2. What a nice comment! I have visited you on Etsy and also your blog. I think I found you last summer. These ladies on my blog come from dealers in England on Ebay. I really fight tooth and nail for some of them! I travel to Minocqua, Wi every summer. Good antiquing in WI!!! Thanks for the comment – I am always looking in on you. You have a lovely blog as well!

  3. Thanks so much for visiting my blog! I have read through all of yours and find it so delicious! I was once a voracious reader, however life gets in the way and runs along at such a pace I cannot keep up at the moment. I must return here to find pieces to explore when I might take time to read for pleasure again. Love your insight.
    I use images from clip art (the ATC in question), antique photos that I collect (many in the shop too)as well as old family photos. Whatever I can find that is suitable for my piece at that moment.

  4. We must be identical twins. I could have written your blog. All the books you love, I love too. I read Bronte the first time when I was 12 or 13. I lost count of how many times I have read “Jane Eyre.” I have read so many biographies and historical fiction books about Henry VIII, Anne Boylen, and Queen Elizabeth I, that I swear I could get a degree in that part of English history. I spoke with a docent at Westminster (SP?) and he expressed surprise at all I knew about the Tutor times. My head swelled up like a blowfish. Love your blog!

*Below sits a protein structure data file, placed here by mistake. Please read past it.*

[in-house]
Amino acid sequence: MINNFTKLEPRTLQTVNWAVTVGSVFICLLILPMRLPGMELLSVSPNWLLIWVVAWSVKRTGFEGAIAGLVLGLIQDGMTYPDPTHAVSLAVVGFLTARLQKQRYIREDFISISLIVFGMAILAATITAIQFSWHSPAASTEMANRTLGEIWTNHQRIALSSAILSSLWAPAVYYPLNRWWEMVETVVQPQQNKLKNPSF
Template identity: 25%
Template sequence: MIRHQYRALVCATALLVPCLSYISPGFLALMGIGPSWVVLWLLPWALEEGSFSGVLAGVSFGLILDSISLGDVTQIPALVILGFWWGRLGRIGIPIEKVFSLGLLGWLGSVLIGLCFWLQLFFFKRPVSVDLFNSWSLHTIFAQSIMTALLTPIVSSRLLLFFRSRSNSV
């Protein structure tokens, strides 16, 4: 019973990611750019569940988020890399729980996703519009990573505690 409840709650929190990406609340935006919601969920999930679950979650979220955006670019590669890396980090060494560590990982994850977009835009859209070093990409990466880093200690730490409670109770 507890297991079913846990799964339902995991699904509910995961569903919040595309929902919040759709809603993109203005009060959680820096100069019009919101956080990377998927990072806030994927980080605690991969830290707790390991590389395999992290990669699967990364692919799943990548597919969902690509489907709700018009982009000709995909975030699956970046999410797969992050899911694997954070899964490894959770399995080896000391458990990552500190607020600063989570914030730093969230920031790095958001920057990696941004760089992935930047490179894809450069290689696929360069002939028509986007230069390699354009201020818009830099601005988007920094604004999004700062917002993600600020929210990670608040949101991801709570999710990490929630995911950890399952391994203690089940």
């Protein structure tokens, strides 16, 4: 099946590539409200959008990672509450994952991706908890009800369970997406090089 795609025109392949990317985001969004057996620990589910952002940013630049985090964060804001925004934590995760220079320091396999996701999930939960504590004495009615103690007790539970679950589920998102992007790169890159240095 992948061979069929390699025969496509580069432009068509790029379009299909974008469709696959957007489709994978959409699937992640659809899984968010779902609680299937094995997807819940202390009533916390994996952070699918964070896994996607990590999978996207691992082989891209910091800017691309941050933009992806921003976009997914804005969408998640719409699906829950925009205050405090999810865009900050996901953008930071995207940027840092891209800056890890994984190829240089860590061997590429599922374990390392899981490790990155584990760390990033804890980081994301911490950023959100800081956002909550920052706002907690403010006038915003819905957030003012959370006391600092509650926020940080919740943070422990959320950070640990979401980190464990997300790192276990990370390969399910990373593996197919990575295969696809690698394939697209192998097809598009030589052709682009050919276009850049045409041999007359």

5. LOVE your blog! I collect fashion plates, 19th Century etiquette and fashion books and ANYTHING to do with the 19th Century….including vintage clothing and jewelry. I have been reading Dickens since junior high (before it was even required reading!) Love Austin and Bronte, too, as well as reading bios. Right now I’m reading “We Two” by Gillian Gill – a combined bio of Victoria and Albert; their lives apart (before they met and together). It’s wonderful! I think I was born in the wrong century.